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How To Create Wooden Facades To Disguise Metal Chain Link Fence Posts

by April Carlson

Installing a privacy fence can add to your home's property value and enhance the surrounding space. In addition, if you are handy with basic hand and power tools, you can save money by performing the work yourself. However, if you already have a chain link fence in place, you may dread the thought of removing the old steel posts. Removing old posts can involve extensive digging and back-breaking labor, and once they are out of the ground, disposing of the posts is another potentially frustrating task. The good news is that you probably don't need to remove the old posts; instead, use them as your bases of support for your wooden privacy fence. Below is how you can disguise metal chain link posts and turn them into an attractive part of your new privacy fence:

What you will need

  • Circular saw
  • Measuring tape
  • 2-inch by 4-inch pressure-treated pine boards
  • 2-inch by 6-inch pressure-treated pine boards
  • Primer suitable for use on galvanized steel
  • Paint brush
  • Wire cutters
  • Screwdriver
  • Adjustable wrench

Step-by-step procedure

1. Determine how much material you will need for the project - Before starting construction, you will need to make a plan for how much and what to buy. Begin by counting the fence posts and identify the number of terminal posts and line posts. The terminal posts, which are the end posts and posts next to gates, are typically 2-⅜-inches in diameter; in the mid-section of the fence lies the line posts, and these are usually 1-⅝-inch in diameter for most residential chain link fences.

Once you have counted the number of each type, multiply the number of terminal posts by two to calculate how many two-by-fours are needed. Then, multiply the number of terminal posts by two to determine how many two-by-six boards are needed. For example, if you count 6 terminal posts, you will need 12 two-by-fours and 12 two-by-sixes.

Likewise, multiply the number of line posts by four to determine how many two-by-four boards are needed. For example, if you count 12 line posts, you will need to buy 48 two-by-fours. The lengths of the two-by-sixes and two-by-fours can vary depending on the height of your fence, but keep in mind that most privacy fences have 6-foot tall posts.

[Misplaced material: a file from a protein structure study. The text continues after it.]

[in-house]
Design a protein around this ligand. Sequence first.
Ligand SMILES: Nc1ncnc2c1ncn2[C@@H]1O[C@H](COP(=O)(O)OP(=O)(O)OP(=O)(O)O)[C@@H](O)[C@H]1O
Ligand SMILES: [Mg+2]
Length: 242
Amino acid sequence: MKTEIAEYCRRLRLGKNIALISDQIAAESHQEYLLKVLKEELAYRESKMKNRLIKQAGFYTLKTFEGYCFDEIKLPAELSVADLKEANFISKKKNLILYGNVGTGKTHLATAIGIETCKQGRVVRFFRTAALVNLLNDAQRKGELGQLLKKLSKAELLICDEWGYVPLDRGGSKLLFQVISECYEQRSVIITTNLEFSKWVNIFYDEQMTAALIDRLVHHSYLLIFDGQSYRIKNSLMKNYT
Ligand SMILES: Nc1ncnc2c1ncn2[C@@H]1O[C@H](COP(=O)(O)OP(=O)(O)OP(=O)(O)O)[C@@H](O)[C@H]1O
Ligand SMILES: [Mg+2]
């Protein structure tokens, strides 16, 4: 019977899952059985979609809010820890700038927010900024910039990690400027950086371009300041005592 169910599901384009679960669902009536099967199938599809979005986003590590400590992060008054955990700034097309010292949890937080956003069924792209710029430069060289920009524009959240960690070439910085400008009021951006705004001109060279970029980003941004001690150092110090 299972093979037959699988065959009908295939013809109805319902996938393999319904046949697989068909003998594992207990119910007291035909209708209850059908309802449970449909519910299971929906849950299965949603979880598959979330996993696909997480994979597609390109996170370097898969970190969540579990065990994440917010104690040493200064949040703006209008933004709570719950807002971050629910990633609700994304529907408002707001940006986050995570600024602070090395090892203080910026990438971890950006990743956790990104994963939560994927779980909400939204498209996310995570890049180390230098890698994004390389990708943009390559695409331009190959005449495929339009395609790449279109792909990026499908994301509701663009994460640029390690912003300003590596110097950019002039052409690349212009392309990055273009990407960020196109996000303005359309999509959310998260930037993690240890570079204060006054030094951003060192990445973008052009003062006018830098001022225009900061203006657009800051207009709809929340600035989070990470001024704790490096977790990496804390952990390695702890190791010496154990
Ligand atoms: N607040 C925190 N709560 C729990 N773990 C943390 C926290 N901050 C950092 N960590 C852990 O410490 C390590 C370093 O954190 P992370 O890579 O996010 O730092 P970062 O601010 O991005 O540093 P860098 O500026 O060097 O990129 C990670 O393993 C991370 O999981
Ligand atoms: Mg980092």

2. Prepare the fence posts - Once you have purchased your materials, you can begin by removing the fence fabric from the posts by snipping wire ties holding it in position and by unbolting tension bands. After removing any fasteners holding the fabric in place, pull it away from the posts.

The galvanized steel posts have a long lifespan and are resistant to rust, but you will need to provide an extra layer of protection by applying a coat of primer. This will seal the metal from corrosion that might occur once the posts are hidden inside the wood facades. Be sure to cover any scratches, gouges or other areas where rust might be quick to form. Allow several hours for the primer to dry and apply another coat if necessary.

3. Assemble the wooden facades for the terminal posts - The next step is to assemble the wood facades that will cover the posts. Assembly of each facade requires that four boards be attached together in an overlapping fashion.

For the terminal post facades, begin by laying a two-by-six on its side. Carefully anchor the two-by-six to prevent it from moving, then lay the broad flat side of a two-by-four on the edge of the two-by-six. Line up the edges all along the boards, then drive several #10 wood screws, 3 inches in length, through both boards to hold the assembly together. Viewed from the end profile, the boards will make an "L" shape.

Next, repeat the same step as above with another two-by-six and two-by-four to form the familiar "L" shape. Hold the two joined pairs of boards together so they form a rectangle when viewed from the end, and once again use #10 wood screws to hold everything together.

4. Assemble the wooden facades for the line posts - After the terminal post facades are finished, you will assemble the line post facades in a familiar, but different, method. Begin as you did in step 3 but this time lay a two-by-four on its edge. Lay another two-by-four on top of the other one to form the familiar "L" shape. Assemble the two pieces together using #10 wood screws to form a square shape when viewed from the end.

5. Install the wooden facades - Once the wooden facades have been fabricated, you can easily install them by sliding the facades over the metal posts. Slide the posts all the way down until they rest on the soil, grass or concrete basin. If the facades feel loose, secure the facades to the metal posts by inserting a high-quality construction adhesive inside the facade and preventing possible slippage of the wood. Allow the adhesive to dry completely before attempting to install a fence.

For more information about fencing options, contact a local fencing company. You can click here for more information on fencing services in your area. 

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